5. Spread filling evenly into the crust. Bake for 35-45 minutes or until the filling is only slightly jiggly in the very center. Remove from the oven, set on a wire rack, and allow to cool completely.
  6. Pie crust leaves: As the pie cools, roll out remaining dough. Roll out into any shape you really want (doesn’t matter) and 1/8 inch thickness. Using leaf cookie cutters, cut into shapes. Brush each lightly with egg wash. Cut leaf veins into leaves using a sharp knife or toothpick, if desired. Place onto a parchment paper or silicone baking mat-lined baking sheet and bake at 350°F (177°C) for 10 minutes or until lightly browned. Remove and set aside to cool before decorating pie.
  7. Decorate pie with pie crust leaves and/or whipped cream. Leftovers keep well covered in the refrigerator for up to 1 week.


  1. Make Ahead Instructions: The pie crust in step 1 can be made ahead of time, chilled for up to 5 days (see step 1) or frozen up to 3 months (see step 1). The filling can also be made, covered, and refrigerated for up to 3 days. See step 2. Baked pie freezes well up to 3 months.
  2. Special Tools: OXO Measuring CupsGlass Mixing Bowls | Baking Pan | Pastry Brush | Pastry Cutter | My Favorite Rolling Pin | Leaf Cookie Cutters
  3. Pumpkin: I prefer canned pumpkin, not fresh pumpkin puree in this recipe. I like to use Libby’s brand.
  4. Pepper: I like to use a heaping 1/8 teaspoon of black pepper in this slab pie. If you like spice flavor, increase to 1/4 teaspoon.

Keywords: pumpkin slab pie, pumpkin pie

Perfectly creamy and spiced pumpkin slab pie to feed a crowd! Recipe on sallysbakingaddiction.com


Comments are closed.

  1. Woot, first comment! I couldn’t fall asleep and thought to myself, perhaps Sally posted that pumpkin pie recipe I saw a sneak preview on Instagram for? (Normal thoughts, right? People think of pie when they can’t sleep, no?) Anyway, this looks beautiful and sounds magical. I am downsizing this bad boy (it’s just me!) and making it tomorrow. Thank you, as always, for sharing. I hope you and yours are enjoying a beautiful and perfect autumn!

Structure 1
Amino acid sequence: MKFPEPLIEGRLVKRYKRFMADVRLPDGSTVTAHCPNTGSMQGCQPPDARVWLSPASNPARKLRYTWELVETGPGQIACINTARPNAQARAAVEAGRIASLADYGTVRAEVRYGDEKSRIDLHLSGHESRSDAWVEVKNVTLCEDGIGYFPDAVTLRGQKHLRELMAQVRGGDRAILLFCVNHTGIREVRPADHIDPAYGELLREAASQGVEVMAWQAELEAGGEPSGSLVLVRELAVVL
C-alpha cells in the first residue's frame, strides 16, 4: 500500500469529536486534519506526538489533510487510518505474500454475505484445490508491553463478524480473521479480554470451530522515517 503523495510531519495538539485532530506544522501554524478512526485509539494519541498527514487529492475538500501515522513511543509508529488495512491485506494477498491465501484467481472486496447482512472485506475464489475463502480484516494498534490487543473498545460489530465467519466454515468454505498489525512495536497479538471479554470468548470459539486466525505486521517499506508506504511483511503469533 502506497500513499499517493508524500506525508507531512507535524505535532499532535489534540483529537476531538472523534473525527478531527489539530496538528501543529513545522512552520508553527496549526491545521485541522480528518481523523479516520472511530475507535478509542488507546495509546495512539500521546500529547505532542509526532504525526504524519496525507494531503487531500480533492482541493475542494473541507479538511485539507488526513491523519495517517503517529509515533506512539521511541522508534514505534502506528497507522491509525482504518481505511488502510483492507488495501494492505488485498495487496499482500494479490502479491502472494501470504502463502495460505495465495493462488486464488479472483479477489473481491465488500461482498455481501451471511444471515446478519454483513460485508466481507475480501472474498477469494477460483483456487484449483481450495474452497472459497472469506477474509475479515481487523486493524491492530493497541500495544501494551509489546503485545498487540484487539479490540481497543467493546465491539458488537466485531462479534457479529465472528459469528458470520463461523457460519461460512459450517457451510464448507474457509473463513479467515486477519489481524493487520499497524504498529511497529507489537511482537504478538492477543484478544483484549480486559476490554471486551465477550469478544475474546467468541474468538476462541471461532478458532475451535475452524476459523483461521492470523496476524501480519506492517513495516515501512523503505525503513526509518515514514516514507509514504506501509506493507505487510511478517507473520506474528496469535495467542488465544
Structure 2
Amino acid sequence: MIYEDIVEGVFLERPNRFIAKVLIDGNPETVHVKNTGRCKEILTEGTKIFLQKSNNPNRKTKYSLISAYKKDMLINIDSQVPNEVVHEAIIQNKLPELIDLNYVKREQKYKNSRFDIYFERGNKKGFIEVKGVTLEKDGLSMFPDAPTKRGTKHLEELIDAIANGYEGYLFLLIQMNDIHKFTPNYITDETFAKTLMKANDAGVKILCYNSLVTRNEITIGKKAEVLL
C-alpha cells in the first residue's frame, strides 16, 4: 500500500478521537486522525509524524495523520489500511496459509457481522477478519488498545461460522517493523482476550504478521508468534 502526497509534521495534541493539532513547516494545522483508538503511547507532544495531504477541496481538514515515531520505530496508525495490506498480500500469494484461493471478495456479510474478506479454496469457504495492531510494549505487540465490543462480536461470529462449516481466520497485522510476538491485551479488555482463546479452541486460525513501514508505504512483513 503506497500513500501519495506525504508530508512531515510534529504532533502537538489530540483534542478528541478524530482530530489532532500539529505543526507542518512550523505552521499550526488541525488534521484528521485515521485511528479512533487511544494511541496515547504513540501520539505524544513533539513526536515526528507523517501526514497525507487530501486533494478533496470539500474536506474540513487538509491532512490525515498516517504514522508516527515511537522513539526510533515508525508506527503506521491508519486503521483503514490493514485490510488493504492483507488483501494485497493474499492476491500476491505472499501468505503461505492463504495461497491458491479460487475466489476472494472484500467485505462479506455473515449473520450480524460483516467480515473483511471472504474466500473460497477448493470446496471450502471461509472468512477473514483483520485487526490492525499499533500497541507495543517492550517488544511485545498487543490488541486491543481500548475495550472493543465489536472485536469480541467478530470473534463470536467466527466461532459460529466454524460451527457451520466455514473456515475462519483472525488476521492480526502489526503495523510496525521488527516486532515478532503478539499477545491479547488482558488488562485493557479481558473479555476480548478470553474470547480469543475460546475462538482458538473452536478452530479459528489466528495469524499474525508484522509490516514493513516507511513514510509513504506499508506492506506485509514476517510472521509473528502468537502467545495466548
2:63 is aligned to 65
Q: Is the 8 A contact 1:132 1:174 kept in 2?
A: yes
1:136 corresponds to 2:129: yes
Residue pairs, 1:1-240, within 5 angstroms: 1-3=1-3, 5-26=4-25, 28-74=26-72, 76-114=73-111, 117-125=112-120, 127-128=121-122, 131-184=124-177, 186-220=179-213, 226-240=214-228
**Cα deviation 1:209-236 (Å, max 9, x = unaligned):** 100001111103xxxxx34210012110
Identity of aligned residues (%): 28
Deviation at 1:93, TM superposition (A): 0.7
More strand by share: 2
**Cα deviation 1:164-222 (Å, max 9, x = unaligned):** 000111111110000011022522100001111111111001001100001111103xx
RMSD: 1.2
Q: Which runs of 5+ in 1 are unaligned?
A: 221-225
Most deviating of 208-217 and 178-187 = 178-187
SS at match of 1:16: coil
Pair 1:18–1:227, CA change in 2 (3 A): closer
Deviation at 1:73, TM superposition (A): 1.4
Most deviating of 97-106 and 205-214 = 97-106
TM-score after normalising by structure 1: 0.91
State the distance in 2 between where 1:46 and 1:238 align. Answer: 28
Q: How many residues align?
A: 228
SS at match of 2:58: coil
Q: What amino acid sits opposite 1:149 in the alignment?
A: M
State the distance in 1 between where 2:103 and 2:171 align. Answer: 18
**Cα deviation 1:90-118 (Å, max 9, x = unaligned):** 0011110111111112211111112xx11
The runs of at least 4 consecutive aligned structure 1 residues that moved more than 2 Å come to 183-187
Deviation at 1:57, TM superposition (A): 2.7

1. Oh, as for the dollop… I like the sort of homey look myself, but maybe either pipe the whipped cream as you would a cupcake, or… add sprinkles!

      1. Let me know how you like it!

  2. Andrea @ Cooking with a Wallflower says:

    I love that this version can serve so many people. It’ll be perfect for serving people at parties and especially during Thanksgiving! I’ll have to make sure that I get a center piece so that I’d get more filling!

    1. You can have all the centers and I’ll have all the corners and edges. I love extra extra crust 🙂

  3. heather (delicious not gorgeous) says:

    yep, i have the dollop problem. i’ve tried spring-loaded cookie scoops, spatulas, spoons, etc, still doesn’t work. will have to try making cannelles and see if that works!

  4. Kelly | Maverick Baking says:

    This this this. I’m always feeding a crowd at work, and this is a perfect Autumn idea, loving the pastry leaves too! Yeah, that whole ugly dollop thing is something I suffer from too, so I usually just pipe a little kiss of cream on instead!

    1. I hope your coworkers love this pumpkin pie! I was thinking how I never had a large enough recipe for everyone at my old job; this would’ve been just the ticket this time of year!

  5. Peppermint Dolly says:

    Oh MAJOR high fives to this!! Omnomnom!! It looks fantastic!!



  6. I once had a Cool Whip cookbook and read instructions for making perfect dollops. It involved stirring the cool whip, then smoothing the surface, then running the spoon back and forth to create ripples, scooping the whip at an angle to preserve the ripples, and that was supposed to come out perfect.  It didn’t,, so I gave up trying to be the perfect dolloper.   This blog post made me wonder if anyone made a dollop video…they did!